A PROMINENT PROPERTY developer’s plan to build more than 100 apartments at a site in south Dublin has been knocked back by the planning board.
The Adroit Company had applied for permission to construct 121 apartments and a créche at a site in Harold’s Cross amid an acute housing shortage, which in turn is helping to fuel double-digit price rises.
Solar panels were to be mounted on the roofs of the apartments, which would have been divided into six blocks. The development would also have included 134 basement parking spaces and 80 bicycle spaces.
The project was planned for the site of the existing Harold’s Bridge Court complex, which is made up of 50 residential dwellings and a warehouse.
The current development, which was constructed in the 1990s, would have been demolished as part of the proposed works.
Well-known developer Martin Lydon is a director of the Adroit Company. Lydon is the son of another property developer of the same name. Between them, father and son have built more than 2,000 houses over the past 40 years.
The vast majority have been developed in the capital, although one of Lydon’s firms, Grandbrind, is building 164 homes in Kildare.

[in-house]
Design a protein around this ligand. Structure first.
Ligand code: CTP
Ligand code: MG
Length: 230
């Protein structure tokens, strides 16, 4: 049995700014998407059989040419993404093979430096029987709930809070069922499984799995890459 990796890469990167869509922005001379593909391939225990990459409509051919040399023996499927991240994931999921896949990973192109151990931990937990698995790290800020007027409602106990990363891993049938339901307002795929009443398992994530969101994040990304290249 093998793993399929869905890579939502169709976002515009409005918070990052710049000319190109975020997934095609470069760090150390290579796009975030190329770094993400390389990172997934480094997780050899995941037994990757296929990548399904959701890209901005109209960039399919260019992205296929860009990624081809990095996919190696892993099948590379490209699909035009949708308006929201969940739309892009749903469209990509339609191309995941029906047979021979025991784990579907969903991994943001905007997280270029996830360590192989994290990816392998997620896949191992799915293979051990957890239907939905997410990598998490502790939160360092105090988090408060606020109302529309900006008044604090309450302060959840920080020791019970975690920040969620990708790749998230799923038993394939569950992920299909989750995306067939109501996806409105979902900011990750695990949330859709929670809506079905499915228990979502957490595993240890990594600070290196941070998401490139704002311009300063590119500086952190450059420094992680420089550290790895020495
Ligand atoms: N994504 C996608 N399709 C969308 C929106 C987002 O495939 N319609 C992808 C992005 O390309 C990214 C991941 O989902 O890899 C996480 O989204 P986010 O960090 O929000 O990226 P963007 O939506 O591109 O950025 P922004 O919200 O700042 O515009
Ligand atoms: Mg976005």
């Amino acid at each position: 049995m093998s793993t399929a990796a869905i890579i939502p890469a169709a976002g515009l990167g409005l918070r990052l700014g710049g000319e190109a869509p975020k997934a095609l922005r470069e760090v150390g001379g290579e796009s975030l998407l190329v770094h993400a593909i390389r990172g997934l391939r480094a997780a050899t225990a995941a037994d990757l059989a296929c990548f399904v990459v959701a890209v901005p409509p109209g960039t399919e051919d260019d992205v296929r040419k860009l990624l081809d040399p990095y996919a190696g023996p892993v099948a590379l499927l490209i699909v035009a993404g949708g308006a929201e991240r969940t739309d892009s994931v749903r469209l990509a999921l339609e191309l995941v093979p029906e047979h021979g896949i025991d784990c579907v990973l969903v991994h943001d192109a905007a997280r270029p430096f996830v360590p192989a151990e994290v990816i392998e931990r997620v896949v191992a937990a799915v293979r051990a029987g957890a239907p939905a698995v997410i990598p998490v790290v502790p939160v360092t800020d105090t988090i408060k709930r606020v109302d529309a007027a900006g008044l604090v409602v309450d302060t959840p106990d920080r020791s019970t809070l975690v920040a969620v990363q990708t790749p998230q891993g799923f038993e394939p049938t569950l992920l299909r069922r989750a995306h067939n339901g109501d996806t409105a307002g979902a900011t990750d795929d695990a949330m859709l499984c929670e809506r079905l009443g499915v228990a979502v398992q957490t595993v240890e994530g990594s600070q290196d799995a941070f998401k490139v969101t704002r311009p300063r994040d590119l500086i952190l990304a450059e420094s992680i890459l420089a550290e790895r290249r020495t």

The Adroit Company’s initial application to build at the site near Harold’s Cross Road and Greenmount Lane was rejected by Dublin City Council.
The local authority turned down the application on several grounds, one of which was that the proposed development would have “overshadowed” existing nearby properties.
It said the proposed buildings would “seriously injure the amenities of property in the vicinity and would be contrary to the proper planning and sustainable development of the area”.
It also said that the proposed crèche outdoor play area would be too close to existing houses.
After being knocked back, Adroit appealed its case to An Bord Pleanála. However, the planning body agreed with Dublin City Council’s decision on almost every point.
It said that the proposed venture would “constitute substandard overdevelopment of the site”.
The inspector’s report said that there were issues regarding the “lack of diversity in dwelling mix” and deficiencies in “quantity, layout (and) quality of public open space provision”.
It also said that the land should be used primarily for “employment generating” purposes, rather than residential.
Several other developers are currently looking to build in Harold’s Cross. Most notable amongst these is New Generation Homes, the company set up by Greg Kavanagh, which is planning to build hundreds of apartments in the area.
Dublin’s planning system was recently dismissed as “flawed” after another major development in south Dublin, for nearly 500 apartments at Sandyford, was knocked back by Dún Laoghaire-Rathdown County Council. That ruling is under appeal.